Make a Paper Mache Piggy Bank

How to Make a Paper Mache Piggy Bank

These paper mache piggy banks (or ‘papier mâché’ piggy banks, in French) are brilliant fun to make and, once painted with bright colours and patterns, look fabulous in kids’ rooms. They’re also a great incentive to save up those pennies if you add a money slot afterwards. Once full, they can be cut open and the contents counted and saved or spent!

What you need to make your own piggy bank

Teaching your child to make a piggy bank is great fun, but it’s also a good way to recycle things like old egg cartons and newspaper. Avoid using glossy magazine paper for this as it doesn’t always take the paint well.

  • Balloons
  • Several newspapers or packs of tissue paper
  • PVA glue
  • Poster paints
  • Egg cartons
  • Pipe cleaners
  • Thick art brushes

How to make a piggy bank with paper mache

  1. Blow up your balloon to the size you want your paper mache piggy bank to be.
  2. Tear your newspaper or tissue paper into 2cm x 10cm strips and stick them onto the balloon using a mix of glue and water (half and half). You can rest the balloon on a mug while you’re doing this to keep it from rolling away.
  3. Once you’ve added 3-4 layers, leave the balloon in a warm place until it dries and goes hard. This will make up the body of your pig.
  4. Add legs and a nose by cutting out the individual egg holders from an egg carton and gluing them onto the body.
  5. Attach a curled piece of pipe cleaner to make a tail.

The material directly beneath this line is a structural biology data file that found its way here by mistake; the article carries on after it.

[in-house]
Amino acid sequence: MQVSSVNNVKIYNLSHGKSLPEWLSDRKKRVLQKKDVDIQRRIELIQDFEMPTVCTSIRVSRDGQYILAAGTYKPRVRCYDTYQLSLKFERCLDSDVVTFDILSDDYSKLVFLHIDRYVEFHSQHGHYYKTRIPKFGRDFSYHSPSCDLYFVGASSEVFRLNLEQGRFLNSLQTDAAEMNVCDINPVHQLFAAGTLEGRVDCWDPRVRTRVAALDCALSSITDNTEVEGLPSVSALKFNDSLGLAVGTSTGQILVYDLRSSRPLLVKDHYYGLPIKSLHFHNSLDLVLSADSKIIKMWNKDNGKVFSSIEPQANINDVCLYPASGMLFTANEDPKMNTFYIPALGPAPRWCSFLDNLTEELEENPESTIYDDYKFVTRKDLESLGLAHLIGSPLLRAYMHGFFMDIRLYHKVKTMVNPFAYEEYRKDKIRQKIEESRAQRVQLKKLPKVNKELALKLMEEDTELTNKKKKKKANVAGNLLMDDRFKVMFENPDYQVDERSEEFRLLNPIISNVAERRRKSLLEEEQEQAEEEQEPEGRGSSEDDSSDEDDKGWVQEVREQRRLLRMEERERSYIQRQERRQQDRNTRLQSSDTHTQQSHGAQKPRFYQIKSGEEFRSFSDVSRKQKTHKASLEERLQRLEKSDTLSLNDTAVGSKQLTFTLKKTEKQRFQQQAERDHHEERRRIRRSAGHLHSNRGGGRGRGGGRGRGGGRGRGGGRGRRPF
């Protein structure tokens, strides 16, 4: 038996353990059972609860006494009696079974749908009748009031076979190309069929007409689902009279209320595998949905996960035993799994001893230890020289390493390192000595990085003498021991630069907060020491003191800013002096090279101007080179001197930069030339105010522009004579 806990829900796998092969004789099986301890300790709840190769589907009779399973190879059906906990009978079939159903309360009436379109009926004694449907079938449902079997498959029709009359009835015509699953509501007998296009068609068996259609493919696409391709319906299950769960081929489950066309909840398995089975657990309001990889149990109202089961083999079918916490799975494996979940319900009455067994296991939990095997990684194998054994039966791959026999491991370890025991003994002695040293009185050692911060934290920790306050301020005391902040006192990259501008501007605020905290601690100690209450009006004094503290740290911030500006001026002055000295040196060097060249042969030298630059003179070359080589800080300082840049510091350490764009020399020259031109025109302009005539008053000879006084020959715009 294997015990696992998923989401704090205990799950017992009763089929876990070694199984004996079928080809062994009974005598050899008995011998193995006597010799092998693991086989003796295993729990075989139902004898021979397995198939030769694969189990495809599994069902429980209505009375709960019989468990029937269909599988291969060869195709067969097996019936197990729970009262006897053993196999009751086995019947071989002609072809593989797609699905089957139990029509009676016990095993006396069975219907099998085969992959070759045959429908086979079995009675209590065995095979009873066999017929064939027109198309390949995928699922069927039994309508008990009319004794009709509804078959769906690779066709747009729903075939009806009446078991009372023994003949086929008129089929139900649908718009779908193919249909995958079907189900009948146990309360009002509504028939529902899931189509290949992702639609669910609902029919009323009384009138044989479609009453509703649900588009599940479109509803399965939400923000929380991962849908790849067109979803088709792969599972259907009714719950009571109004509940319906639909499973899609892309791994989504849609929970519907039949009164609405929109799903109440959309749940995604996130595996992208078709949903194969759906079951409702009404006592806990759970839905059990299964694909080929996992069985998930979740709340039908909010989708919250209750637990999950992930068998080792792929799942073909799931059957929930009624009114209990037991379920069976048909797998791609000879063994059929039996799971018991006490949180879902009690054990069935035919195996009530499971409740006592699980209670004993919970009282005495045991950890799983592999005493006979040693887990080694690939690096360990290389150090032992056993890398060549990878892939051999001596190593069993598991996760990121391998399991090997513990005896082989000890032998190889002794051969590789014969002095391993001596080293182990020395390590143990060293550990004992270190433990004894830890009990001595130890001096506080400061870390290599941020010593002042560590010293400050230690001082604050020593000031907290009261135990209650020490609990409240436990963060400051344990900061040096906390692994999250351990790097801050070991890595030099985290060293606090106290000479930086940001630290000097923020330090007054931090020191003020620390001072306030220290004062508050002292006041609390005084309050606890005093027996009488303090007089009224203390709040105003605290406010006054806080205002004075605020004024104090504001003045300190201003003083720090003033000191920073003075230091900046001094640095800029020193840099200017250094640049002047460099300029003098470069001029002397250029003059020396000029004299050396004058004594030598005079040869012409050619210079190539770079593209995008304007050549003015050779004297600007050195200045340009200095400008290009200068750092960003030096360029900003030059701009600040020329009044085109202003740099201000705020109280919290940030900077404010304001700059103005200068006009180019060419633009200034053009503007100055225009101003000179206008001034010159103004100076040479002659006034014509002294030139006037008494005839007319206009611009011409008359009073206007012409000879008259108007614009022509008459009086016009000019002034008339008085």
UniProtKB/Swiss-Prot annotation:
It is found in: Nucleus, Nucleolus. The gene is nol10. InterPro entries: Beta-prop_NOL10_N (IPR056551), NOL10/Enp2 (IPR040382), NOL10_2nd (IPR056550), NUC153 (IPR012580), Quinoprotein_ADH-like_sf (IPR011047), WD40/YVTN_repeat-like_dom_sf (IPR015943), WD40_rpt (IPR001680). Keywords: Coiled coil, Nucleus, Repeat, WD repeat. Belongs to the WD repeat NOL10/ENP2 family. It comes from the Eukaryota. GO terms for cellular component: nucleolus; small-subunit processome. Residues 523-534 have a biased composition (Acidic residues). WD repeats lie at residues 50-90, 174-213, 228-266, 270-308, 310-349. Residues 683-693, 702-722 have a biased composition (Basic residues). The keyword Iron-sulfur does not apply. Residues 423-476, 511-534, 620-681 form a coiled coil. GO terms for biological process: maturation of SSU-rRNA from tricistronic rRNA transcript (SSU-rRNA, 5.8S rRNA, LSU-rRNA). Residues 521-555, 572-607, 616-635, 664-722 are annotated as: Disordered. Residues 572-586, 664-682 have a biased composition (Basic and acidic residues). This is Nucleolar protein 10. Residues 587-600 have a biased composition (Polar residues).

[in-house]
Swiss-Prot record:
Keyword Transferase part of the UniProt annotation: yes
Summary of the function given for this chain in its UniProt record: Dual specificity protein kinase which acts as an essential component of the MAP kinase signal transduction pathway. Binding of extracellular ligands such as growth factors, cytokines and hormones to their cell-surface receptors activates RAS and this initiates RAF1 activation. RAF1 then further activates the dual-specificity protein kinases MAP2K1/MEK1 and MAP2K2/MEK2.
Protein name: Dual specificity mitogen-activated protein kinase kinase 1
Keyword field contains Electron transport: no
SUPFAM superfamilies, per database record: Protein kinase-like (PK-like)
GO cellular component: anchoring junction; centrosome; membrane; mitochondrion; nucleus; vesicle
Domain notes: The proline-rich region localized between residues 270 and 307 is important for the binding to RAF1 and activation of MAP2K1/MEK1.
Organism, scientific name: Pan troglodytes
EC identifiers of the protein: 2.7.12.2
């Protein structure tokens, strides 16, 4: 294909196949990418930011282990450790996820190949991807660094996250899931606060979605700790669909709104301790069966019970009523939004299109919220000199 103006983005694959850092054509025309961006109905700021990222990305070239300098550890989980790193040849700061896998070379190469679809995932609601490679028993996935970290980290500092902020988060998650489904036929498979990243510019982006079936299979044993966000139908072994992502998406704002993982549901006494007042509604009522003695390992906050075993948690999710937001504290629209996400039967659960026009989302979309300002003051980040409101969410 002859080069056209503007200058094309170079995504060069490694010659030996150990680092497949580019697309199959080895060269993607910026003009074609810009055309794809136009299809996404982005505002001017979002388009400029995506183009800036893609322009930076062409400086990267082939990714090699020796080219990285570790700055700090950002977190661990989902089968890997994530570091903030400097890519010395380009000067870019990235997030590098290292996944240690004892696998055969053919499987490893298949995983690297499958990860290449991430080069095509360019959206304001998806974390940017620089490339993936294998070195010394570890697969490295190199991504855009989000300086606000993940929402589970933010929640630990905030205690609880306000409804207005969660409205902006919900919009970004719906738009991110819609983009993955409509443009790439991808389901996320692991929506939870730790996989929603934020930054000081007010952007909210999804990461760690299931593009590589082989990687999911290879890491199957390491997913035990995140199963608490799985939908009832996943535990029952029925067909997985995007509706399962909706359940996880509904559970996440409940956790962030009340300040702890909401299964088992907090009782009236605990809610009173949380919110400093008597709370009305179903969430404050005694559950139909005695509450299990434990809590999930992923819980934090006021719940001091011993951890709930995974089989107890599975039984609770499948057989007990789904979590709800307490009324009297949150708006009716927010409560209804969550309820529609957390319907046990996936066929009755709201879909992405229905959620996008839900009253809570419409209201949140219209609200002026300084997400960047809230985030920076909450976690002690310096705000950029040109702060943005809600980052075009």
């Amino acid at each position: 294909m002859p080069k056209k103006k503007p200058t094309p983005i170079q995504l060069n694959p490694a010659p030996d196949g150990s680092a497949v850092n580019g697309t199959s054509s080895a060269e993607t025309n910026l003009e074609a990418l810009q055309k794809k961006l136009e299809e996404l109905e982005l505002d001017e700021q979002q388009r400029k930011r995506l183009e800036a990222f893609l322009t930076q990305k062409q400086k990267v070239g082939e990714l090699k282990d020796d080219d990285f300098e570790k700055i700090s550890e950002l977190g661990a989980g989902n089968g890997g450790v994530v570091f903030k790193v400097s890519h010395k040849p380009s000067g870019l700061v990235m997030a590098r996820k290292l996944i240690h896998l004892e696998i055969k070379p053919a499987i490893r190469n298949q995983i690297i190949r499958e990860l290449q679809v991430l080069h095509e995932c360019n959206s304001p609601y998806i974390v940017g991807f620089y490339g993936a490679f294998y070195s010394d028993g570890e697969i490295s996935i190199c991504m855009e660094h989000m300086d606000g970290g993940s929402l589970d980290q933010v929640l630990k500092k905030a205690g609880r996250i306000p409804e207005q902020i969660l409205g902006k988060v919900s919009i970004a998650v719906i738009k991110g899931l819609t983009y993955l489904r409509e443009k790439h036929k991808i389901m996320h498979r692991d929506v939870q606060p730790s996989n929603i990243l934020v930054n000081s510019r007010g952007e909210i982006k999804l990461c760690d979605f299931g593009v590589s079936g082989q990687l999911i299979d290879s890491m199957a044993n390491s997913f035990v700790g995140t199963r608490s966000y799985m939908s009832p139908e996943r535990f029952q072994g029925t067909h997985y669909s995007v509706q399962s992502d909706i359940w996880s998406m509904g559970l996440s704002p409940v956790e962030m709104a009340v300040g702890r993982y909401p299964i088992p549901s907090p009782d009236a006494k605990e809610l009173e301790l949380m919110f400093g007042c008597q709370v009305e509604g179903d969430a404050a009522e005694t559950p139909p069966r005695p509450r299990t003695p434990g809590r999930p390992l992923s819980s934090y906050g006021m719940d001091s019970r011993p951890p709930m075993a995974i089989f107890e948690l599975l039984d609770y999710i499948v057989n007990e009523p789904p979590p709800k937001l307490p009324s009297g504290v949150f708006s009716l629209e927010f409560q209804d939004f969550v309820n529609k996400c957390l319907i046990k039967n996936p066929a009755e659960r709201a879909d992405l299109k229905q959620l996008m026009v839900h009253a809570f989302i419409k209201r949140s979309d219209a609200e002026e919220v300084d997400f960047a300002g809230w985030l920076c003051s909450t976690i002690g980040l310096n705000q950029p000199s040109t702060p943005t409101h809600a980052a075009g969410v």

6. Paint and decorate your papier-mâché animal as you choose. Plain pink is good for traditionalists, but there’s a lot to be said for the maximalist approach with plenty of glitter.
  7. Once dry, coat with a thick layer of glue and wait until it dries rock hard and looks varnished.
  8. Using a craft knife, cut a money slot in the top of your finished sculpture. It goes without saying that this step needs an adult.
  9. Your work of art is now ready to collect your cash!

Once you know how to make a paper mache piggy bank with this basic method, you can customise it, too: add a horn and a mane and you have a unicorn; two horns, ears and black and white spots make a cow; and swapping the nose for long ears and a fluffy white pom-pom tail makes a rabbit.

Whatever magnificent creature you and your little one make, you’re sure to have plenty of fun. And if you’re worried about glue and paint stains, don’t be – check out our guides to removing them here and here.